Ian Spector, webmaster of the site which started the meme and survivor of a real-life encounter with Chuck himself, has selected the 400 most kick-ass facts from his library of thousands, as well as illustrations as awesome as the man himself. This death-defying volume includes such awe-inspiring observations as:
• A cobra once bit Chuck Norris’s leg. After five days of excruciating pain, the cobra died.
• Chuck Norris can charge a cell phone by rubbing it against his beard.
• When an episode of “Walker, Texas Ranger” aired in France, the French surrendered to Chuck Norris just to be on the safe side.

• Chuck Norris was the first person to tame a dinosaur.
• Chuck Norris once visited The Virgin Islands. Afterward, they were renamed The Islands.
• Every piece of furniture in Chuck Norris’s house is a Total Gym.

A must-have paean to the archetypical American male and a bible of all things Chuck, The Truth About Chuck Norris is easily the most important book of all time.

AN UNAUTHORIZED PARODY
My name is Tucker Max, and I am an asshole. I get excessively drunk at inappropriate times, disregard social norms, indulge every whim, ignore the consequences of my actions, mock idiots and posers, sleep with more women than is safe or reasonable, and just generally act like a raging dickhead. But, I do contribute to humanity in one very important way: I share my adventures with the world.
--from the Introduction



Actual reader feedback:




"I am completely baffled as to how you can congratulate yourself for being a womanizer and a raging drunk, or think anyone cares about an idiot like you. Do you really think that exploiting the insecurities of others while getting wasted is a legitimate thing to offer?"




"Thank you, thank you, thank you--for sharing with us your wonderful tales of drunken revelry, for teaching me what it means to be a man, for just existing so I know that there is another option; I too can say 'screw the system' and be myself and have fun. My life truly began when I finished reading your stories. Now, when faced with a quandary about what course of action I should take, I just ask myself, 'What Would Tucker Do?'--and I do it, and I am a better man for it."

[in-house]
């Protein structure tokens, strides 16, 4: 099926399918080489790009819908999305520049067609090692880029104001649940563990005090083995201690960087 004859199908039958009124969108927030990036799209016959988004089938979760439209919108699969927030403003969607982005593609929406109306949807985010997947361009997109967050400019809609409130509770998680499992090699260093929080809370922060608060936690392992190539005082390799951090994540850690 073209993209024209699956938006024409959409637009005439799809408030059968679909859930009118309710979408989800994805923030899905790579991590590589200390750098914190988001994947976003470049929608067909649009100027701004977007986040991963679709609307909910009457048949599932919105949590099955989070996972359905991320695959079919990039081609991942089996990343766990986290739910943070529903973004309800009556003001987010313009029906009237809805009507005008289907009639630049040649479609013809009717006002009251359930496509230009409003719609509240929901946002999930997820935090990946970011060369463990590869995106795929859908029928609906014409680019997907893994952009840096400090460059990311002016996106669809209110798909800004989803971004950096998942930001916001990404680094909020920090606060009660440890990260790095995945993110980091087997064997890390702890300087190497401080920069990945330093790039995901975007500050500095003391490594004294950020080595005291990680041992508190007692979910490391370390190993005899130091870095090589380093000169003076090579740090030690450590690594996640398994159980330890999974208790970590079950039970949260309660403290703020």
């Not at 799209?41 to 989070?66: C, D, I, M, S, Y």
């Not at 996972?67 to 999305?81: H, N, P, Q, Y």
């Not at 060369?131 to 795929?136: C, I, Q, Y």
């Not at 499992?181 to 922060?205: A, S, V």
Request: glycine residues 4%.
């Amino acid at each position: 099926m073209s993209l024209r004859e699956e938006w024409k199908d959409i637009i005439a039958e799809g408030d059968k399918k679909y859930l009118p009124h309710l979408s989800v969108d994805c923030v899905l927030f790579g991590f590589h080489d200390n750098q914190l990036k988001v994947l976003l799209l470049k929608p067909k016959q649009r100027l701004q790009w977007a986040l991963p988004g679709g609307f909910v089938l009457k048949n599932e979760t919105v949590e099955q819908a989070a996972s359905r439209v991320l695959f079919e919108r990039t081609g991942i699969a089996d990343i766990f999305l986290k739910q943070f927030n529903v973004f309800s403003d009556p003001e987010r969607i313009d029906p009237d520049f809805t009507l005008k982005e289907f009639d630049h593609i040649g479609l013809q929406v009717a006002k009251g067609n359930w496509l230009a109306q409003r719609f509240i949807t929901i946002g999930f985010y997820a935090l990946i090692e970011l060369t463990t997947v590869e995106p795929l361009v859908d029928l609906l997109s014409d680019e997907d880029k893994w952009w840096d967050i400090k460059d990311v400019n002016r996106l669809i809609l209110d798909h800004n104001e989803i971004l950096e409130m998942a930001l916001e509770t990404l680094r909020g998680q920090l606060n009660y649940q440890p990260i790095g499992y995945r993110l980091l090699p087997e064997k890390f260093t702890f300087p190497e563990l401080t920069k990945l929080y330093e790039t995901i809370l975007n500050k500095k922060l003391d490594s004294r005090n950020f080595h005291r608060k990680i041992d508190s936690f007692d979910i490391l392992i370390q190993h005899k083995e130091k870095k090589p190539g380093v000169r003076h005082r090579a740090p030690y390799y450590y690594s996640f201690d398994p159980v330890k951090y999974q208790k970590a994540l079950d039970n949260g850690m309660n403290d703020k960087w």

"I find it truly appalling that there are people in the world like you. You are a disgusting, vile, repulsive, repugnant, foul creature. Because of you, I don't believe in God anymore. No just God would allow someone like you to exist."




"I'll stay with God as my lord, but you are my savior. I just finished reading your brilliant stories, and I laughed so hard I almost vomited. I want to bring that kind of joy to people. You're an artist of the highest order and a true humanitarian to boot. I'm in both shock and awe at how much I want to be you."




"You are the coolest person I can even imagine existing. If you slept with my girlfriend, it'd make me love her more."
A New York Times bestselling, riotously funny collection of boozy misadventures from the creator of the YouTube series, “You Deserve a Drink.”

Mamrie Hart is a drinking star with a Youtube problem. With over a million subscribers to her cult-hit video series “You Deserve a Drink,” Hart has been entertaining viewers with a combination of tasty libations and raunchy puns since 2011. Hart also co-wrote/co-starred in Dirty Thirty and Camp Takota with Grace Helbig and Hannah Hart.

Finally, Hart has compiled her best drinking stories—and worst hangovers—into one hilarious volume. From the spring break where she and her girlfriends avoided tan lines by staying at an all-male gay nudist resort, to the bachelorette party where she accidentally hired a sixty-year-old meth head to teach the group pole dancing (not to mention the time she lit herself on fire during a Flaming Lips concert), Hart accompanies each story with an original cocktail recipe, ensuring that You Deserve a Drink is as educational as it is entertaining.